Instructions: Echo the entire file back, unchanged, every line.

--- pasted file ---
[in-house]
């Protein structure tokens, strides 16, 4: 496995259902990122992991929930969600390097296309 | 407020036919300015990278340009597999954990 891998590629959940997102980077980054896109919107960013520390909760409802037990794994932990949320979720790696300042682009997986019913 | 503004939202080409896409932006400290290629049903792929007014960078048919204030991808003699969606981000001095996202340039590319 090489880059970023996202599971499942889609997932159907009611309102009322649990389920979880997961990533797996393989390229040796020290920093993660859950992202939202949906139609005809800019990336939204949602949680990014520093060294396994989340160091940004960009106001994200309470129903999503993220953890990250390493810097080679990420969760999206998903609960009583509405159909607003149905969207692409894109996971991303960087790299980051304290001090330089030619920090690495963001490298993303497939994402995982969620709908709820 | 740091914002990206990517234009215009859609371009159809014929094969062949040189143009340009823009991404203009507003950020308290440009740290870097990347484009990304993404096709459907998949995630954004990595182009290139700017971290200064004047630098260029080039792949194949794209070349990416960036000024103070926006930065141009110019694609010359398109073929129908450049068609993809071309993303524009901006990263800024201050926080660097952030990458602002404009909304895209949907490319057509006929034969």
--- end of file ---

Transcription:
[in-house]
């Protein structure tokens, strides 16, 4: 496995259902990122992991929930969600390097296309 | 407020036919300015990278340009597999954990 891998590629959940997102980077980054896109919107960013520390909760409802037990794994932990949320979720790696300042682009997986019913 | 503004939202080409896409932006400290290629049903792929007014960078048919204030991808003699969606981000001095996202340039590319 090489880059970023996202599971499942889609997932159907009611309102009322649990389920979880997961990533797996393989390229040796020290920093993660859950992202939202949906139609005809800019990336939204949602949680990014520093060294396994989340160091940004960009106001994200309470129903999503993220953890990250390493810097080679990420969760999206998903609960009583509405159909607003149905969207692409894109996971991303960087790299980051304290001090330089030619920090690495963001490298993303497939994402995982969620709908709820 | 740091914002990206990517234009215009859609371009159809014929094969062949040189143009340009823009991404203009507003950020308290440009740290870097990347484009990304993404096709459907998949995630954004990595182009290139700017971290200064004047630098260029080039792949194949794209070349990416960036000024103070926006930065141009110019694609010359398109073929129908450049068609993809071309993303524009901006990263800024201050926080660097952030990458602002404009909304895209949907490319057509006929034969």